Journal Article

Consensus Yet Not Consented: A Critique of the WTO Decision-Making by Consensus

Wenwei Guan

in Journal of International Economic Law

Volume 17, issue 1, pages 77-104
Published in print March 2014 | ISSN: 1369-3034
Published online February 2014 | e-ISSN: 1464-3758 | DOI: https://dx.doi.org/10.1093/jiel/jgu004
Consensus Yet Not Consented: A Critique of the WTO Decision-Making by Consensus

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World Trade Organization’s consensus decision-making faces both practical and theoretical challenges. A major practical issue is that consensus involves deference to powers and problems of disenfranchisement; reverse consensus challenges the institutional check-and-balance against Appellate Body’s de facto judicial finality. Single undertaking, as a natural extension of consensus, creates consent fragmentation. A major theoretical issue is that the principle of consensus rests its legitimacy on a contractarian foundation. In the same way that ‘general will’ underlies the social compact, consensus and single undertaking underlie World Trade Organization (WTO) decision-making and build their legitimacy on members’ consent. Unfortunately, through contractarian justification’s reference to a static ‘original compact’ as the first mover, consensus decision-making fails to take into account the evolutionary nature of consent. Because decision-making by consensus fails to secure members’ consent and as a consequence single undertaking leads to a fragmentation of WTO’s ‘general will’, the WTO decision-making process loses its legitimacy. The article thus calls for a reconstruction of a decision-making mechanism that would embrace full membership consent for a true consensus.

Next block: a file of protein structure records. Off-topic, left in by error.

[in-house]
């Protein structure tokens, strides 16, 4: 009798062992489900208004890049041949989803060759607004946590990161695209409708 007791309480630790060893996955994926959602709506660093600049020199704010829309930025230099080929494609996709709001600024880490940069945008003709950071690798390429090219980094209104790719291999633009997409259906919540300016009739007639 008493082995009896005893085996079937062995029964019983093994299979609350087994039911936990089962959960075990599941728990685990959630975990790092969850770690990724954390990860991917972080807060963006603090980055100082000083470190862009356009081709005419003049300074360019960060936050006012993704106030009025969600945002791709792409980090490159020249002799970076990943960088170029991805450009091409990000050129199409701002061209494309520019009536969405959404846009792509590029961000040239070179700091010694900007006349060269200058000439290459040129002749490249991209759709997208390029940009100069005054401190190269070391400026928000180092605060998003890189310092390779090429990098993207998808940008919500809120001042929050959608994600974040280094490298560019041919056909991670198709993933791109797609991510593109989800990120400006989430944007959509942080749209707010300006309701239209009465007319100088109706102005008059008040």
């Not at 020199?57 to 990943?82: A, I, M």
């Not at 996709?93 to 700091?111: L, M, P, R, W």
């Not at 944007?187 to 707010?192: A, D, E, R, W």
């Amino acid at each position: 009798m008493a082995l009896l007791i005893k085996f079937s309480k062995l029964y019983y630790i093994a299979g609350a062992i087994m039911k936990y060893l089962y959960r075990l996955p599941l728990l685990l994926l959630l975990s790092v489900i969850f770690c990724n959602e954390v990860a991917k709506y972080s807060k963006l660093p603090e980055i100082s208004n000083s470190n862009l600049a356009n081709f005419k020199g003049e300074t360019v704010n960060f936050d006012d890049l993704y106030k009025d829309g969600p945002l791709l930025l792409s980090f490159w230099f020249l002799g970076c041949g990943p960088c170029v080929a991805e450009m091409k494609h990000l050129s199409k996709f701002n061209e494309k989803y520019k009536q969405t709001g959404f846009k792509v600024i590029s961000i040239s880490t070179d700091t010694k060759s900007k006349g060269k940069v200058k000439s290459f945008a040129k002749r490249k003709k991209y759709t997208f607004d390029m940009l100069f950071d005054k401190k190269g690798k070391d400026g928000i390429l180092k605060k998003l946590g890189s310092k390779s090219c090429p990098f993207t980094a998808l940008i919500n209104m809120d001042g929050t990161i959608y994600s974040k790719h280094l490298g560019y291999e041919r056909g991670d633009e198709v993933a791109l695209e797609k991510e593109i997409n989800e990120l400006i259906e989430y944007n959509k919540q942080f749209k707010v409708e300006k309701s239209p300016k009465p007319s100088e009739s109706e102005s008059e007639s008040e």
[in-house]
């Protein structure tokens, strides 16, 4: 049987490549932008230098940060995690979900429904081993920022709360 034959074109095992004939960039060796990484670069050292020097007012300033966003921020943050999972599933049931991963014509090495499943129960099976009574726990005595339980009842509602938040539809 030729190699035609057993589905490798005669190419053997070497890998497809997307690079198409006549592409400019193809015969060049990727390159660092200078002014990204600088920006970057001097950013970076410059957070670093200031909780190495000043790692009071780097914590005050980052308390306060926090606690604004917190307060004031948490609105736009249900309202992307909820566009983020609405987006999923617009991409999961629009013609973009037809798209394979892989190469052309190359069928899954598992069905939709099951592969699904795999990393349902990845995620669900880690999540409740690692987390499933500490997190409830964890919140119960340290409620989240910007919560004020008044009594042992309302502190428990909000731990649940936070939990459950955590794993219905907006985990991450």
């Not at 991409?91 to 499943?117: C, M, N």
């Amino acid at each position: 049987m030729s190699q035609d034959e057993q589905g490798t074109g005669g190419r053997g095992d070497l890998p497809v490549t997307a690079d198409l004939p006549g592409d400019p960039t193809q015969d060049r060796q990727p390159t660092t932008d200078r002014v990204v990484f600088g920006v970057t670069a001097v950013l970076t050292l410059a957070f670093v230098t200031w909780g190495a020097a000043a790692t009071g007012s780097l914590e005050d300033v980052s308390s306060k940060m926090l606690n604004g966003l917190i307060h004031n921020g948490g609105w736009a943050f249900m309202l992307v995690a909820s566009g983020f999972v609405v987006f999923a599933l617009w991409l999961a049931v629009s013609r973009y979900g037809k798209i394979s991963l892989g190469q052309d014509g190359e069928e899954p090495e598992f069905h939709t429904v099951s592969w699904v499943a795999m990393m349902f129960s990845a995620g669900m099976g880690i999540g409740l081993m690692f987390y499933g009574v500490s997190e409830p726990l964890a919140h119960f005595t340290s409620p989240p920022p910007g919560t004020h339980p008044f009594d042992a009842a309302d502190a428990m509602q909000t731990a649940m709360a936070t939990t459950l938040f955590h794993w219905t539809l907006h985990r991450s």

Journal Article.  13638 words. 

Subjects: Financial Law ; Public International Law ; Economics

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